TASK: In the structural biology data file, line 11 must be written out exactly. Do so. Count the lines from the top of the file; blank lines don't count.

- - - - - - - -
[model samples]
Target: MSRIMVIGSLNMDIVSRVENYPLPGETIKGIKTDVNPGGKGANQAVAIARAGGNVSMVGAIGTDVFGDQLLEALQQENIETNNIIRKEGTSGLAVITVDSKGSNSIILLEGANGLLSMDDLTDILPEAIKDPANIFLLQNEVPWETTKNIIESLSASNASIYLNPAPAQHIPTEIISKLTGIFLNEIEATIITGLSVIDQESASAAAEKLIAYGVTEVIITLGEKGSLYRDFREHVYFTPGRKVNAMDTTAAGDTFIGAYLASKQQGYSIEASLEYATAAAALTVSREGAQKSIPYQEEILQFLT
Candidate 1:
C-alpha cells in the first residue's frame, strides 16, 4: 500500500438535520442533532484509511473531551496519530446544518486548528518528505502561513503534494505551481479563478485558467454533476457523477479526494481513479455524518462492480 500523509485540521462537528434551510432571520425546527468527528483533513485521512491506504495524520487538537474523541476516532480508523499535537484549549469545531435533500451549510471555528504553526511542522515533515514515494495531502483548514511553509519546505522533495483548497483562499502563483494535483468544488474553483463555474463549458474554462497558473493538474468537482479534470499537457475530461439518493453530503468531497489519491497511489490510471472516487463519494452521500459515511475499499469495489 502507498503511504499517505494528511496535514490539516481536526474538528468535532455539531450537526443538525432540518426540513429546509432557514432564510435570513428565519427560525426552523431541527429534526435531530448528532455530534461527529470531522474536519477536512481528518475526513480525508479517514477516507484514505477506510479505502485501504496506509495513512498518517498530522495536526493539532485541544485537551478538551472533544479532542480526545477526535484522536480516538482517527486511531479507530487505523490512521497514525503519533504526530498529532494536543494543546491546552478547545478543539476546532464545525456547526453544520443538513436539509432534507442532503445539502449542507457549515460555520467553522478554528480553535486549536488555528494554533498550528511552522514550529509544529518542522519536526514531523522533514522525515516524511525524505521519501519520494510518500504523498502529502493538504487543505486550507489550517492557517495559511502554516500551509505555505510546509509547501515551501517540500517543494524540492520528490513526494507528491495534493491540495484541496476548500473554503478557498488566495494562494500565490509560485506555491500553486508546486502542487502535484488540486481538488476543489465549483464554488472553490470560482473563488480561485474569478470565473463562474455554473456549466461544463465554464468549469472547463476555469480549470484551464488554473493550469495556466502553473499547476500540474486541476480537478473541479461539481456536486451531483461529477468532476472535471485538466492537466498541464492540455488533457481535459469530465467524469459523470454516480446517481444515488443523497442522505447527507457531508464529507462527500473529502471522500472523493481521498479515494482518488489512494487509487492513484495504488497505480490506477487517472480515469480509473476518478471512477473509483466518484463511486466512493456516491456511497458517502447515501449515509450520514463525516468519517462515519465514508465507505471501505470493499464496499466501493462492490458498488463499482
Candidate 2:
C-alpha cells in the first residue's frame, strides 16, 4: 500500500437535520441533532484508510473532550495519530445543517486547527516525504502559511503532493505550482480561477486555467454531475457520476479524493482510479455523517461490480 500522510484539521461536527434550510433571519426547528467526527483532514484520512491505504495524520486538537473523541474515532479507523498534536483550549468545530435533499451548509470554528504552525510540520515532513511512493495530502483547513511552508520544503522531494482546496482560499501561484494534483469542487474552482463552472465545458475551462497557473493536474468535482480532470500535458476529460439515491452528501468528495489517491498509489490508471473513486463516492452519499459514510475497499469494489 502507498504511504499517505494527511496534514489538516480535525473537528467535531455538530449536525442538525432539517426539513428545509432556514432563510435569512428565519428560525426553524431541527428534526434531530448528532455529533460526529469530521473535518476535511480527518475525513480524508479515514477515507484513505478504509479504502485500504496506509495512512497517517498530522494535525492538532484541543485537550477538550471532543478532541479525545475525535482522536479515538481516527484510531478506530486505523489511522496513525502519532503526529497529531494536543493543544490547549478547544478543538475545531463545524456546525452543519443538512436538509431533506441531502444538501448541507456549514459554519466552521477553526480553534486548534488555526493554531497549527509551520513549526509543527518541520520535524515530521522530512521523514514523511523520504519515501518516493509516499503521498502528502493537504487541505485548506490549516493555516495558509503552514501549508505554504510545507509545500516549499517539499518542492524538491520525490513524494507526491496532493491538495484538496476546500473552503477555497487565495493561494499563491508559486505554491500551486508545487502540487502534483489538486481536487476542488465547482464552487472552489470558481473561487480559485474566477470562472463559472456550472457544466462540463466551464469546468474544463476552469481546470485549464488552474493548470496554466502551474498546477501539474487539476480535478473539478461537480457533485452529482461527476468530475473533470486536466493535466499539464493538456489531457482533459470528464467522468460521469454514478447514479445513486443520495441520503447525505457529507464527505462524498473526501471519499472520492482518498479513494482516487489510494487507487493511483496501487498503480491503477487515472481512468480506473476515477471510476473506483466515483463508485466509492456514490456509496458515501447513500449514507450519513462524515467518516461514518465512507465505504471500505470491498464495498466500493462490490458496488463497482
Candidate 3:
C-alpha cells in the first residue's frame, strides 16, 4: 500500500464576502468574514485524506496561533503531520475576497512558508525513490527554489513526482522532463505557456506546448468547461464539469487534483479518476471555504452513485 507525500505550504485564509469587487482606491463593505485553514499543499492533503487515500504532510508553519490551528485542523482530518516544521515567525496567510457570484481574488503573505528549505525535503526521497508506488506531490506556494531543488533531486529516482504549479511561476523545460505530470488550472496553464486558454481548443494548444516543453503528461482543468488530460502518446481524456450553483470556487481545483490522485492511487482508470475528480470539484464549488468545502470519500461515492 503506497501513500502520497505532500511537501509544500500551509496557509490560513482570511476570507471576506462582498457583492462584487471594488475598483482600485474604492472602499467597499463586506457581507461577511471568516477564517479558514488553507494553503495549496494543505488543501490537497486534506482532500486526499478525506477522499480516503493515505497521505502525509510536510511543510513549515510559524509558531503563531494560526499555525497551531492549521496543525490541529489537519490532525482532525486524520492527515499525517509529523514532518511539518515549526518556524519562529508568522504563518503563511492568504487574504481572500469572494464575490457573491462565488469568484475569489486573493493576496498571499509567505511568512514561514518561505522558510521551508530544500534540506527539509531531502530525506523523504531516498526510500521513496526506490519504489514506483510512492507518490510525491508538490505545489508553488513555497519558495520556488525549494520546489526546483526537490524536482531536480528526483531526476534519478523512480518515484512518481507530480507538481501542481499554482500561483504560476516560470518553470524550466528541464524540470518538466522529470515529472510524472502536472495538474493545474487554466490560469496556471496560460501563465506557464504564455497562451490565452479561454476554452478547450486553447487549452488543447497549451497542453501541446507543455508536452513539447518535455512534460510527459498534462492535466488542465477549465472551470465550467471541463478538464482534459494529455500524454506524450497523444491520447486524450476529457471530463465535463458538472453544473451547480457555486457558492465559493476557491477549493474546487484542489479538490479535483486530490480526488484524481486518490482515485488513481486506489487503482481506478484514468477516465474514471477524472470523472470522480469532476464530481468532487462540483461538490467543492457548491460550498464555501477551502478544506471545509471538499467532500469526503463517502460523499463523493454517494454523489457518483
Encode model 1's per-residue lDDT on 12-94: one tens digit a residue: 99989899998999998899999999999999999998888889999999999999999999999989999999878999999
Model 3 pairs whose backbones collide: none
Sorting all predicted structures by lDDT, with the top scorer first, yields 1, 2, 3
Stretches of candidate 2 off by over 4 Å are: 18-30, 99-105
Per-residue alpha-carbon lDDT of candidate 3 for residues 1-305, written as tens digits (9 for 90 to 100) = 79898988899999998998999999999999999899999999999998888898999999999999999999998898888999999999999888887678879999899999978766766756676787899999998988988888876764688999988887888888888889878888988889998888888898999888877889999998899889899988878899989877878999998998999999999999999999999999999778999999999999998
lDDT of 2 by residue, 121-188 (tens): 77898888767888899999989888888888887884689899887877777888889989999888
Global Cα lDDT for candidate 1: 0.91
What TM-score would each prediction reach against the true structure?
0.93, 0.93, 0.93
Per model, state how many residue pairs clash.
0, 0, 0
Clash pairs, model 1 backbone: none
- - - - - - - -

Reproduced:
Sorting all predicted structures by lDDT, with the top scorer first, yields 1, 2, 3